Wednesday, August 1, 2012

Not Knowing, Part 2

Continued from Part 1

It's not always easy to visit someone in a nursing home; seeing a person that you care about in that type of environment often brings up a lot of emotions, some of which are not very pleasant.  Although I did it as often as I could, before my dad got sick, I thought it was emotionally difficult to visit Grandmom; she had changed so much in such a relatively short period of time, and she seemed so sad, so lost, so much of the time.  

Dad with his mom, on her 89th birthday, one year before she was put on hospice and 13 months before he was diagnosed with brain cancer

After Dad's diagnosis, though, it was even harder, physically - because my sisters, our mom, and I needed to be with Dad - and emotionally - because we had decided not to tell Grandmom about Dad's condition.  When we went to see Grandmom during that time, we had to come up with things to talk about in her presence that didn't have to do with what was going on with Dad, which was very challenging because, truth be told, Cancer and the things that came with it were pretty much all any of us were thinking about then. But we did what we had to do, and we visited Grandmom as often as we could, as Dad made it through surgery, and then went to rehab, and then went to the Brain Tumor Clinic at Duke, and then started chemo.

My family had made the decision not to tell Grandmom about Dad's illness early on; when my sister and I went to visit at the nursing home for the first time after Dad had been diagnosed, we shared the bad news about Dad with the staff there but made it clear that the information was not to be shared with Grandmom as we did not want to upset her.  Then, when Grandmom took a turn for the worse on the day after Thanksgivingwe took that decision a step further by extending the shelter to Dad as we kept the news about Grandmom's decline from him. As we had been doing with his mom, we didn't want him to have to worry or to feel guilty about anything, given what he was battling himself at the time.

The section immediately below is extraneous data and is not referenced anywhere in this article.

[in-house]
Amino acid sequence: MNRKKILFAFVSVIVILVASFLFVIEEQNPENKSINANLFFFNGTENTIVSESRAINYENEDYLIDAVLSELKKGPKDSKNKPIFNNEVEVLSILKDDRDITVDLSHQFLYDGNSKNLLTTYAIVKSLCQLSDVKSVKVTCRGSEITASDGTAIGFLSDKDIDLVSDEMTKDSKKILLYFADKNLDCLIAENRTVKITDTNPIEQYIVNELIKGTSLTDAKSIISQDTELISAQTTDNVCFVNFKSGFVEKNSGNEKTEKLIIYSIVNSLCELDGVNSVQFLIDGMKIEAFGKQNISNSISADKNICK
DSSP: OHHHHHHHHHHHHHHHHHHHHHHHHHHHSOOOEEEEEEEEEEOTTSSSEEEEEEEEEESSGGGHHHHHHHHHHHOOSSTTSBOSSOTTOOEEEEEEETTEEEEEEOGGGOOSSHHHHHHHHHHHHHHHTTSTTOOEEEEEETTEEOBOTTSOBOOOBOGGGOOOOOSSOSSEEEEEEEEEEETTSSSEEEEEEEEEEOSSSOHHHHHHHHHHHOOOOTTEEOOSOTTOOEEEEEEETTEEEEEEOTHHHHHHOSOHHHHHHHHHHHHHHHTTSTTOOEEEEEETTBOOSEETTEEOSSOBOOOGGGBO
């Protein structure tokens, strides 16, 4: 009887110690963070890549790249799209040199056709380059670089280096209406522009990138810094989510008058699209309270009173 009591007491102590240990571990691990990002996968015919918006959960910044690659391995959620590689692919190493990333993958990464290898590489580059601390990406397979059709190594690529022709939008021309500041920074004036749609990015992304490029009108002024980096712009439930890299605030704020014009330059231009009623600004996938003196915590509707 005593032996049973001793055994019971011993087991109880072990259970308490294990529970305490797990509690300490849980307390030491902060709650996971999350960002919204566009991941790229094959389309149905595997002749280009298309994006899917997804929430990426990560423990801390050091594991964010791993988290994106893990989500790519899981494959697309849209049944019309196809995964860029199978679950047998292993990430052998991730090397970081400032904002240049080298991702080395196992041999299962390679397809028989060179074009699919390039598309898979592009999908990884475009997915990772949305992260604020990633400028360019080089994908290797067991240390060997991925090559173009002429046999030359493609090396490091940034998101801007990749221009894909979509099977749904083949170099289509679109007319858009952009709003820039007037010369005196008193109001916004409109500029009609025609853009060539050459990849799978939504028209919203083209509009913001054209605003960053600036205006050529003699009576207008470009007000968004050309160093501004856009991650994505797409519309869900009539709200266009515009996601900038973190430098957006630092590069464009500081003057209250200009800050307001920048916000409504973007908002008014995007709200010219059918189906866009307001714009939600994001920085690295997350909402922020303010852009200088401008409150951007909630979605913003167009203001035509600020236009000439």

Even after the hospice nurse predicted that Grandmom wouldn't "be with us" for more than a couple more days after that, somehow she pulled through, a testament to her strength and a sign of what we later realized but didn't know at the time - looking back from our vantage point now, it seems that Grandmom was waiting to say goodbye to her son, and, not realizing why he wasn't there so that she could do so, Grandmom hung on, literally for dear life.

Me, showing Grandmom one of the cards she got for her 90th birthday, just before she went on hospice care
After Dad's second round of chemo, at his insistence, my mom and my sister Nancy took him to visit Grandmom at the nursing home.  He had been getting around my parents' house using a walker, but he had a wheelchair for longer distances and that's what he used for transport that day.  As always, Grandmom smiled from ear to ear when she saw Dad that day; discordantly, in what I saw as both a relief and also an alarm, she did not seem to notice the wheelchair or the jagged scar on his head at all.